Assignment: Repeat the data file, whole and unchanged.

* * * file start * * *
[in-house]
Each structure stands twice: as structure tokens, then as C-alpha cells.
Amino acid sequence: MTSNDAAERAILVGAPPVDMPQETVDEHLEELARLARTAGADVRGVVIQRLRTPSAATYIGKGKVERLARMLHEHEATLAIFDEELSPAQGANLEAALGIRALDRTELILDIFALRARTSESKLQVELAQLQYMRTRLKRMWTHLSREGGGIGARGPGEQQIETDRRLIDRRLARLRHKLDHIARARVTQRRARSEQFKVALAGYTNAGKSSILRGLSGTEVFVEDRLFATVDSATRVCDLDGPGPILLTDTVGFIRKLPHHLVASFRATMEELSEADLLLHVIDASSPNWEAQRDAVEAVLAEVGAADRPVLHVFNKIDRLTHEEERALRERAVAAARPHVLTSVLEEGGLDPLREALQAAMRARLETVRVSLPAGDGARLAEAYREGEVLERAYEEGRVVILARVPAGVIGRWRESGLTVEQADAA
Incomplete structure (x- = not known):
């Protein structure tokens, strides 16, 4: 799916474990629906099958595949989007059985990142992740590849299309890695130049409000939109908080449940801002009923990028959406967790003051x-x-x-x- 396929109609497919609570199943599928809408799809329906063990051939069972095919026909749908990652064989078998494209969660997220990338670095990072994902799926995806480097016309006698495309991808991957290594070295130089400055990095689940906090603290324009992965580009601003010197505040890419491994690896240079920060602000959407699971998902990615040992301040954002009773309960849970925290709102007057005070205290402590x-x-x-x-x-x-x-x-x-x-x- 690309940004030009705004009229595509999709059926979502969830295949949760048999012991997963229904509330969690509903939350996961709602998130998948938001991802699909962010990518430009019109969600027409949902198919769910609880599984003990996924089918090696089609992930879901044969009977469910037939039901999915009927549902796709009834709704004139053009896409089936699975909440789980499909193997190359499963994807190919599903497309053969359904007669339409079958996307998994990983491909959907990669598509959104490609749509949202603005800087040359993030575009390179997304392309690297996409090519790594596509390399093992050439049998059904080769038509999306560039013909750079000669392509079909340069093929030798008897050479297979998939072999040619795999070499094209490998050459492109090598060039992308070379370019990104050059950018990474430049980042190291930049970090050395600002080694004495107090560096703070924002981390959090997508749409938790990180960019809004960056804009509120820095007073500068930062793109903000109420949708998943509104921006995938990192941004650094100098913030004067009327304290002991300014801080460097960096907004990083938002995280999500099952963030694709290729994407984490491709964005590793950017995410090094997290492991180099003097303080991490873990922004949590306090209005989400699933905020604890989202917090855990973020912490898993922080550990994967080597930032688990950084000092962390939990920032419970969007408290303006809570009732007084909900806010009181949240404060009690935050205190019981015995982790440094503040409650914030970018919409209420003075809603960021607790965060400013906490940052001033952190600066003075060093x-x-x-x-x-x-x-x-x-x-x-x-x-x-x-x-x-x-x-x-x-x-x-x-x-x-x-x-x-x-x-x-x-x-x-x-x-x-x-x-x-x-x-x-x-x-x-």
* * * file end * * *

[in-house]
Each structure stands twice: as structure tokens, then as C-alpha cells.
Amino acid sequence: MTSNDAAERAILVGAPPVDMPQETVDEHLEELARLARTAGADVRGVVIQRLRTPSAATYIGKGKVERLARMLHEHEATLAIFDEELSPAQGANLEAALGIRALDRTELILDIFALRARTSESKLQVELAQLQYMRTRLKRMWTHLSREGGGIGARGPGEQQIETDRRLIDRRLARLRHKLDHIARARVTQRRARSEQFKVALAGYTNAGKSSILRGLSGTEVFVEDRLFATVDSATRVCDLDGPGPILLTDTVGFIRKLPHHLVASFRATMEELSEADLLLHVIDASSPNWEAQRDAVEAVLAEVGAADRPVLHVFNKIDRLTHEEERALRERAVAAARPHVLTSVLEEGGLDPLREALQAAMRARLETVRVSLPAGDGARLAEAYREGEVLERAYEEGRVVILARVPAGVIGRWRESGLTVEQADAA
Incomplete structure (x- = not known):
């Protein structure tokens, strides 16, 4: 799916474990629906099958595949989007059985990142992740590849299309890695130049409000939109908080449940801002009923990028959406967790003051x-x-x-x- 396929109609497919609570199943599928809408799809329906063990051939069972095919026909749908990652064989078998494209969660997220990338670095990072994902799926995806480097016309006698495309991808991957290594070295130089400055990095689940906090603290324009992965580009601003010197505040890419491994690896240079920060602000959407699971998902990615040992301040954002009773309960849970925290709102007057005070205290402590x-x-x-x-x-x-x-x-x-x-x- 690309940004030009705004009229595509999709059926979502969830295949949760048999012991997963229904509330969690509903939350996961709602998130998948938001991802699909962010990518430009019109969600027409949902198919769910609880599984003990996924089918090696089609992930879901044969009977469910037939039901999915009927549902796709009834709704004139053009896409089936699975909440789980499909193997190359499963994807190919599903497309053969359904007669339409079958996307998994990983491909959907990669598509959104490609749509949202603005800087040359993030575009390179997304392309690297996409090519790594596509390399093992050439049998059904080769038509999306560039013909750079000669392509079909340069093929030798008897050479297979998939072999040619795999070499094209490998050459492109090598060039992308070379370019990104050059950018990474430049980042190291930049970090050395600002080694004495107090560096703070924002981390959090997508749409938790990180960019809004960056804009509120820095007073500068930062793109903000109420949708998943509104921006995938990192941004650094100098913030004067009327304290002991300014801080460097960096907004990083938002995280999500099952963030694709290729994407984490491709964005590793950017995410090094997290492991180099003097303080991490873990922004949590306090209005989400699933905020604890989202917090855990973020912490898993922080550990994967080597930032688990950084000092962390939990920032419970969007408290303006809570009732007084909900806010009181949240404060009690935050205190019981015995982790440094503040409650914030970018919409209420003075809603960021607790965060400013906490940052001033952190600066003075060093x-x-x-x-x-x-x-x-x-x-x-x-x-x-x-x-x-x-x-x-x-x-x-x-x-x-x-x-x-x-x-x-x-x-x-x-x-x-x-x-x-x-x-x-x-x-x-």